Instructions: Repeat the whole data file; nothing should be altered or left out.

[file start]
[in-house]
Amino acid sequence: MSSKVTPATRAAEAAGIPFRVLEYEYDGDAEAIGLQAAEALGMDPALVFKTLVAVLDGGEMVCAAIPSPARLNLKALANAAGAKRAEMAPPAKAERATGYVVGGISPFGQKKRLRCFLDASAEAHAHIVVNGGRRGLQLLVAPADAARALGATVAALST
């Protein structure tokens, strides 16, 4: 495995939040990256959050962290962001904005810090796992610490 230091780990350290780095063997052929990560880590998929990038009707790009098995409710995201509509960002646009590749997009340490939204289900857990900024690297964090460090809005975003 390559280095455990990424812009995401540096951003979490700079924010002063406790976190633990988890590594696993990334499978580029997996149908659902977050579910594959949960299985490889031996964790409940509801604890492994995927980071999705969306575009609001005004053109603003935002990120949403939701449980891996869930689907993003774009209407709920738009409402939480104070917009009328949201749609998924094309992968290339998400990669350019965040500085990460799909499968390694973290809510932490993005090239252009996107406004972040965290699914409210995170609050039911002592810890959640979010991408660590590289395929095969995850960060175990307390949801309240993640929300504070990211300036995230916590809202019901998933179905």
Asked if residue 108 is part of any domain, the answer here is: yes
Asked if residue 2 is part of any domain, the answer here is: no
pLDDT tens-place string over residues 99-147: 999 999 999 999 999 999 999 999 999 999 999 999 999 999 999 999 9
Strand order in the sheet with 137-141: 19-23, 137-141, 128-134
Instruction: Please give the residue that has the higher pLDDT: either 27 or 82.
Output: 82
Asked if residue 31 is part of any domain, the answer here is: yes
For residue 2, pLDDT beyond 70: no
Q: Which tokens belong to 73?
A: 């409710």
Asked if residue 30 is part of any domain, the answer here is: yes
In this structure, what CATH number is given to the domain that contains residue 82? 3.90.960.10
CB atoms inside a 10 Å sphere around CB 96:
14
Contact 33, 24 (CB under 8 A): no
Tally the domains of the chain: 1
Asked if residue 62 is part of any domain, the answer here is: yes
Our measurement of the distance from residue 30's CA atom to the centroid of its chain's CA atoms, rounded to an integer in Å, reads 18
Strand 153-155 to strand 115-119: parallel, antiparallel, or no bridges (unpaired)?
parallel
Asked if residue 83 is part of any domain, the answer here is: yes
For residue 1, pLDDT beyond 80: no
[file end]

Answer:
[in-house]
Amino acid sequence: MSSKVTPATRAAEAAGIPFRVLEYEYDGDAEAIGLQAAEALGMDPALVFKTLVAVLDGGEMVCAAIPSPARLNLKALANAAGAKRAEMAPPAKAERATGYVVGGISPFGQKKRLRCFLDASAEAHAHIVVNGGRRGLQLLVAPADAARALGATVAALST
């Protein structure tokens, strides 16, 4: 495995939040990256959050962290962001904005810090796992610490 230091780990350290780095063997052929990560880590998929990038009707790009098995409710995201509509960002646009590749997009340490939204289900857990900024690297964090460090809005975003 390559280095455990990424812009995401540096951003979490700079924010002063406790976190633990988890590594696993990334499978580029997996149908659902977050579910594959949960299985490889031996964790409940509801604890492994995927980071999705969306575009609001005004053109603003935002990120949403939701449980891996869930689907993003774009209407709920738009409402939480104070917009009328949201749609998924094309992968290339998400990669350019965040500085990460799909499968390694973290809510932490993005090239252009996107406004972040965290699914409210995170609050039911002592810890959640979010991408660590590289395929095969995850960060175990307390949801309240993640929300504070990211300036995230916590809202019901998933179905």
Asked if residue 108 is part of any domain, the answer here is: yes
Asked if residue 2 is part of any domain, the answer here is: no
pLDDT tens-place string over residues 99-147: 999 999 999 999 999 999 999 999 999 999 999 999 999 999 999 999 9
Strand order in the sheet with 137-141: 19-23, 137-141, 128-134
Instruction: Please give the residue that has the higher pLDDT: either 27 or 82.
Output: 82
Asked if residue 31 is part of any domain, the answer here is: yes
For residue 2, pLDDT beyond 70: no
Q: Which tokens belong to 73?
A: 């409710």
Asked if residue 30 is part of any domain, the answer here is: yes
In this structure, what CATH number is given to the domain that contains residue 82? 3.90.960.10
CB atoms inside a 10 Å sphere around CB 96:
14
Contact 33, 24 (CB under 8 A): no
Tally the domains of the chain: 1
Asked if residue 62 is part of any domain, the answer here is: yes
Our measurement of the distance from residue 30's CA atom to the centroid of its chain's CA atoms, rounded to an integer in Å, reads 18
Strand 153-155 to strand 115-119: parallel, antiparallel, or no bridges (unpaired)?
parallel
Asked if residue 83 is part of any domain, the answer here is: yes
For residue 1, pLDDT beyond 80: no